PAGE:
Part 1: A Mennonite identity

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In writing all this and speaking with the wonderful lady who inspires me every day, my mom, I've learned a lot about myself and who we are as a people, all people. 

I'm sharing a part of myself as I write this. I'm sharing a part of my family, which scares me. I don't trust the general public with my family history. We're a private people for a reason. 

But what I will say are the things I wish everyone could know. 

This will be in bullet style, general sentences because I tried writing essays about the different aspects of the Mennonite identity and it is just too long. 

- The Mennonite religion in itself as far as I can tell is a beautiful thing, as are the families and descendants of them which I am lucky to call my family. 

- Mennonites are a group of people, like any people. They aren't perfect. Some follow the religion of living a life of peace, and some have helped commit atrocities. Some have been victims of atrocities. They can be talented, and smart, and mothers and fathers and children. 

- Mennonites as a practice allow their children to decide on their own if they themselves want to live a Mennonite life. That is why I and my mom, and before that her father, have had the lives we have/had. In my experience this did not shun us from anyone at all. We all still belong to our family.  

- There are designated Mennonite communities/towns. It is complicated. 

- They have shaped many countries

-The family I knew were generally good people. They deserve to be seen and treated the same as anyone. They were full of love. 

- The basic tenants of Mennonitism, is indeed to live as peaceful a life as you can. This extends to every person in your community and the world,

- as well as the environment and nature. (We did hunt and eat meat in my family as many rural communities do. But I always grew up with a sense of appreciation for the natural world they lived in.) 

- They often are a rural people. This is partially due to the religion and in my opinion, for survival of the community. So they often have a rural economy. 

- They are a migratory people, historically. ( a lot of escaping)

- We started over five hundred years ago. 

- Some Mennonites did settle in Russia and Eastern Europe centuries back. 

- In my opinion and just interpretation of my own family history, Mennonites are not a set ethnicity/race, at all. It is a fact that the belief states any person can become a Mennonite (barring situational factors, I would understand as with any religion it may be more difficult than it sounds) regardless of where you came from. Intermarriage between religions and ethnicities have been going on in the community, since before Mennonites had a completely formed congregation. 

- Mennonites are one of the smallest religious minorities in the United States, making around .0016% of our population.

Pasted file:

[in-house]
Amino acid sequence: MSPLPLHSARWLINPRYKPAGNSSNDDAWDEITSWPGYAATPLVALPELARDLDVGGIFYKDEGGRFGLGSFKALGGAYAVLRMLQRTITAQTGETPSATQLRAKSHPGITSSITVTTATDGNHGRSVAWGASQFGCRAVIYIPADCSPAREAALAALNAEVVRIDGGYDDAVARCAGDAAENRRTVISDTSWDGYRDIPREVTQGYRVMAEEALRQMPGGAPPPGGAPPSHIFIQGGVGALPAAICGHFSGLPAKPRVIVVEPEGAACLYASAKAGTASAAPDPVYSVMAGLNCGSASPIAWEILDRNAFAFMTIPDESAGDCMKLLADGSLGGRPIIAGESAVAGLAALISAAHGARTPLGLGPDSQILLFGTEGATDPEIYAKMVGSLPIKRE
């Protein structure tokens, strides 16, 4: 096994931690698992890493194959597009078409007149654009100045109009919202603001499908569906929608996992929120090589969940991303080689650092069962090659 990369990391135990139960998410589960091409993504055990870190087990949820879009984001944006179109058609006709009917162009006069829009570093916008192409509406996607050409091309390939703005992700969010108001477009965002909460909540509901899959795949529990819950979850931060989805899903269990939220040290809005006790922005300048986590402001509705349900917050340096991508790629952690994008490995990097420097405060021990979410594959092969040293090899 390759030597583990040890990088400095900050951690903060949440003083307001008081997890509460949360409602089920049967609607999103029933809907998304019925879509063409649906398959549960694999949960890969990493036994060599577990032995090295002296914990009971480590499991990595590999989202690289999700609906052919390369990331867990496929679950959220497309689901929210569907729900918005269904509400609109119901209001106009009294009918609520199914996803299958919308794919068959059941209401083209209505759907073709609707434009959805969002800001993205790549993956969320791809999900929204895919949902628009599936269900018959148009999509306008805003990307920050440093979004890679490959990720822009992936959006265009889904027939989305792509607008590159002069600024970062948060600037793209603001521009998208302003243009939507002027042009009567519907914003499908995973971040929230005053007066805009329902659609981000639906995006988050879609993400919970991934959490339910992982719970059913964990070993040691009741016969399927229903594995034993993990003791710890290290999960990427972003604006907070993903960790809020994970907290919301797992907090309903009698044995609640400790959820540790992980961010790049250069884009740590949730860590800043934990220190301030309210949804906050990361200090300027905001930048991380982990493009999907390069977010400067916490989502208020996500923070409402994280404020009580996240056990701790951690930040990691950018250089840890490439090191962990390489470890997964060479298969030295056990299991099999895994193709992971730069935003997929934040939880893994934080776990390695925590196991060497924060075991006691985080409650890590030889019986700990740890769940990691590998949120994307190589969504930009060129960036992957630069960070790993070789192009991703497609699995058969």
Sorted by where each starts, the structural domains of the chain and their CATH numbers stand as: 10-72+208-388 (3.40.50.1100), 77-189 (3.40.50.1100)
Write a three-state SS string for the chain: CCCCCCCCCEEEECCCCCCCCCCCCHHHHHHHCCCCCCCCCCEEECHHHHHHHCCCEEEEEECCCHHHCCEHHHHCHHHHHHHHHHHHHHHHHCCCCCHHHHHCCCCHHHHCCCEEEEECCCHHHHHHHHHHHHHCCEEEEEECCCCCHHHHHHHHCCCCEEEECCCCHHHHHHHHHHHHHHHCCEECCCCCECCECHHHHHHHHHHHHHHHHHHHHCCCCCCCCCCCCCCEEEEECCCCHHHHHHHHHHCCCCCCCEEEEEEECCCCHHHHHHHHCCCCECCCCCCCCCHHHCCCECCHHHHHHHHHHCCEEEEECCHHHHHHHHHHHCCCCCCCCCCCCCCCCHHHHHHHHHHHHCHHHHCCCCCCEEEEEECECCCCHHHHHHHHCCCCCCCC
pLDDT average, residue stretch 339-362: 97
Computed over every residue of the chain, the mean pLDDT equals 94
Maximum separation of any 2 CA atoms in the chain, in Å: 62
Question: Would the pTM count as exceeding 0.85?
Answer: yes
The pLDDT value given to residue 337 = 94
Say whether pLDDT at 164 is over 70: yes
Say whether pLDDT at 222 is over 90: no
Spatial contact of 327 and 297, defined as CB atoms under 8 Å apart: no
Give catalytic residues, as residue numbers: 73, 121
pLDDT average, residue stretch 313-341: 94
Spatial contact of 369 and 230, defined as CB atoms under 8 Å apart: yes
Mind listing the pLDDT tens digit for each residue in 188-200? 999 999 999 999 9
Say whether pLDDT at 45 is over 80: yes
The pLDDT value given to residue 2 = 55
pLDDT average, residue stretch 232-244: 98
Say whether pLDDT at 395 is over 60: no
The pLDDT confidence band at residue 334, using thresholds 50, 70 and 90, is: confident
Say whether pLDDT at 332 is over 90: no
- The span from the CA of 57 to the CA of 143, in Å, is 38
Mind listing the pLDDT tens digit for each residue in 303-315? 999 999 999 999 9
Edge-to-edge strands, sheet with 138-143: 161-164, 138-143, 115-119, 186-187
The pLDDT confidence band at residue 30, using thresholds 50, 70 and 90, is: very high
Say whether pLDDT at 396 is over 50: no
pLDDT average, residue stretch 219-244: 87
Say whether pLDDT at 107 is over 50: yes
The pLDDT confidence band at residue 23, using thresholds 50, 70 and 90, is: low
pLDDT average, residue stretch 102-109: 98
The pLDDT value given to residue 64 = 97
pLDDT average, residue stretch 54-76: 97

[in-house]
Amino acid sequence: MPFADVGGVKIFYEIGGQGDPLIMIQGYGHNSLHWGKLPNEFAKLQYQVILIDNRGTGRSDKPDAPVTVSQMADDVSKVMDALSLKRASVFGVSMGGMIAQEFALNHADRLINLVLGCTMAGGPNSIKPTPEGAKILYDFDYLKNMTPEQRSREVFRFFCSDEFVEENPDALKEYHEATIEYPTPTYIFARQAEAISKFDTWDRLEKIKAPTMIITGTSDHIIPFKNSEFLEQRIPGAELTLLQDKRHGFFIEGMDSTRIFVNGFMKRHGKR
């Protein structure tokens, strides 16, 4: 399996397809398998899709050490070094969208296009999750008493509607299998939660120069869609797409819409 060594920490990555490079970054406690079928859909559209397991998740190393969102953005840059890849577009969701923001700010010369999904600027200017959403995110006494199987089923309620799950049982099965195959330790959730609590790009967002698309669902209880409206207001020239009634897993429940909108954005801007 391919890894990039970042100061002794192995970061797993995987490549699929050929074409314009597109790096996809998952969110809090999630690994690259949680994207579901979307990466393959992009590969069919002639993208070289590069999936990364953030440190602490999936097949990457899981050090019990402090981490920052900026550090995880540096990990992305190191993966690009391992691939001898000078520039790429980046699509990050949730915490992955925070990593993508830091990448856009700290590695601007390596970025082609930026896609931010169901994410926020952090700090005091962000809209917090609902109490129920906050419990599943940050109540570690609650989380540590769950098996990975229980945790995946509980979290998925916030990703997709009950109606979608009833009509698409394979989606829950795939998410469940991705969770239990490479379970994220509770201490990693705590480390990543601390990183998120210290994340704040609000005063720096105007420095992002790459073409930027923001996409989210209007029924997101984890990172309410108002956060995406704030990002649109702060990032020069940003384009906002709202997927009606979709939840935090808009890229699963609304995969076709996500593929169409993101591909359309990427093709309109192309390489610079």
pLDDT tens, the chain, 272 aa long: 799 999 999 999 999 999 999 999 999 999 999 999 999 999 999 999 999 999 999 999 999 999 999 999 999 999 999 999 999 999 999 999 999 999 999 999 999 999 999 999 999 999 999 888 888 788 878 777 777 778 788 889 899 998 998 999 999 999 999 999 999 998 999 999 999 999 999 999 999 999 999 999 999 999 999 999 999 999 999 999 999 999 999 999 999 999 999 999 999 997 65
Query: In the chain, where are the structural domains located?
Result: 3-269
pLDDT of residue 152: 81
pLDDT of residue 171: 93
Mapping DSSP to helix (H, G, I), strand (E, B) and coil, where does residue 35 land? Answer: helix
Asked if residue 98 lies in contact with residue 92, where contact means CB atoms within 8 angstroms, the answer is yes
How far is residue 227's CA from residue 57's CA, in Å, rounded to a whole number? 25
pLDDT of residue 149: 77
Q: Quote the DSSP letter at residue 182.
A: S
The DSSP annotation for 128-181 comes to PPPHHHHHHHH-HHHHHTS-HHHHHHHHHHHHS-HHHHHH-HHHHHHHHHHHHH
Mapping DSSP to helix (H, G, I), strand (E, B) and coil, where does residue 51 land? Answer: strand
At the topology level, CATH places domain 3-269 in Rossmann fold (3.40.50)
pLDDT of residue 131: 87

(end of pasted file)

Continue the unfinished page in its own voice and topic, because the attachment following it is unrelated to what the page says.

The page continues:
- German and (Biblically related) Hebrew are often common languages in services and in the communities. There is also Plautdietsch which is a combination of a lot of Mennonite-are languages and dialects but from my understanding it's what the Russian and Eastern European Mennonites spoke/speak, blending German with where they were and came from. 

- Traditions as far as I have been apart of/seen is the passing on of music, religious books, fabric/needlework, and teaching how to work with the land and nature. There is an emphasis on appreciating your family, because that is what they had. 

- Youth and children have a voice in the community to an extent.

- Women have designated roles which all vary on the community. My family were Reformed Mennonites so the women may have been encouraged to wear fashion for the times such as dresses, but they were not obligated to cover their hair like some other denominations (bonnets) (plain-dress). 

 

The Mennonite church has worked in projects throughout the centuries that I am very happy existed as far as I can tell, and happy that they still help people. 

- Refugee and immigrant assistance, care and housing all across the world for a long time.

- Education and care programs for children and adults with disabilities.

- Emergency response is a big part of the service projects, all over for a long time.

- Education, health care, and resources for underserved communities.

- Empowering girls and mothers in underserved communities or emigrating.

- Restorative justice operations, good work with reparation efforts.

- Programs to help give peace to the Palestinian people and Israeli people.

- Environmental reforms that acknowledge and value ethnic Indigenous communities sovereignty and voices.

 

In my family's opinion the Mennonite church in its social justice goals and some beliefs definitely help shape the modern United Methodist Church 
 

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